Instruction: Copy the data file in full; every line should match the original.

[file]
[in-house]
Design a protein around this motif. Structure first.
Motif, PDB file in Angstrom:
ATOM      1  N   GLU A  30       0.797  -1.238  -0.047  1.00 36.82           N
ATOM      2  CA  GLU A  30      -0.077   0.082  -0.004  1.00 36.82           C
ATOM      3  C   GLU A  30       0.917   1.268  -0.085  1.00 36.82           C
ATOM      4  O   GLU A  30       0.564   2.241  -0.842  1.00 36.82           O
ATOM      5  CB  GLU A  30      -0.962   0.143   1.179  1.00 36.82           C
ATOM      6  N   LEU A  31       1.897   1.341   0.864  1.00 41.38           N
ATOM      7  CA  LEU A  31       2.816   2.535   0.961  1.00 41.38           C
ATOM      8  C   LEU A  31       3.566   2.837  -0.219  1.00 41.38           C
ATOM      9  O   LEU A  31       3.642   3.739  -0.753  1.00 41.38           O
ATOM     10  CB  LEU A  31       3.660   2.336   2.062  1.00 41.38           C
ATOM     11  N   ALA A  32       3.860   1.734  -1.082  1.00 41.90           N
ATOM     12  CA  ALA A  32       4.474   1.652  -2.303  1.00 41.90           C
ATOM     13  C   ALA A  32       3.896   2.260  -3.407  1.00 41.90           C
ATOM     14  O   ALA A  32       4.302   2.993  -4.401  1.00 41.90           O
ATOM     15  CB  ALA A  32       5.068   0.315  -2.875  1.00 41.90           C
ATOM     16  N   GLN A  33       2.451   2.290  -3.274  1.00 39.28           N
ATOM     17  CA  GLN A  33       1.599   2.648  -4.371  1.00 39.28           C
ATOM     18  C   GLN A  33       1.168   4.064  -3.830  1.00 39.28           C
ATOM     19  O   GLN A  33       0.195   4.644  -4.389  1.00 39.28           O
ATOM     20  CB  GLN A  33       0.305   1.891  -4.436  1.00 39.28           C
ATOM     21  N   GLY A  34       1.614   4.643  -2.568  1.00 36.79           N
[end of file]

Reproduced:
[in-house]
Design a protein around this motif. Structure first.
Motif, PDB file in Angstrom:
ATOM      1  N   GLU A  30       0.797  -1.238  -0.047  1.00 36.82           N
ATOM      2  CA  GLU A  30      -0.077   0.082  -0.004  1.00 36.82           C
ATOM      3  C   GLU A  30       0.917   1.268  -0.085  1.00 36.82           C
ATOM      4  O   GLU A  30       0.564   2.241  -0.842  1.00 36.82           O
ATOM      5  CB  GLU A  30      -0.962   0.143   1.179  1.00 36.82           C
ATOM      6  N   LEU A  31       1.897   1.341   0.864  1.00 41.38           N
ATOM      7  CA  LEU A  31       2.816   2.535   0.961  1.00 41.38           C
ATOM      8  C   LEU A  31       3.566   2.837  -0.219  1.00 41.38           C
ATOM      9  O   LEU A  31       3.642   3.739  -0.753  1.00 41.38           O
ATOM     10  CB  LEU A  31       3.660   2.336   2.062  1.00 41.38           C
ATOM     11  N   ALA A  32       3.860   1.734  -1.082  1.00 41.90           N
ATOM     12  CA  ALA A  32       4.474   1.652  -2.303  1.00 41.90           C
ATOM     13  C   ALA A  32       3.896   2.260  -3.407  1.00 41.90           C
ATOM     14  O   ALA A  32       4.302   2.993  -4.401  1.00 41.90           O
ATOM     15  CB  ALA A  32       5.068   0.315  -2.875  1.00 41.90           C
ATOM     16  N   GLN A  33       2.451   2.290  -3.274  1.00 39.28           N
ATOM     17  CA  GLN A  33       1.599   2.648  -4.371  1.00 39.28           C
ATOM     18  C   GLN A  33       1.168   4.064  -3.830  1.00 39.28           C
ATOM     19  O   GLN A  33       0.195   4.644  -4.389  1.00 39.28           O
ATOM     20  CB  GLN A  33       0.305   1.891  -4.436  1.00 39.28           C
ATOM     21  N   GLY A  34       1.614   4.643  -2.568  1.00 36.79           N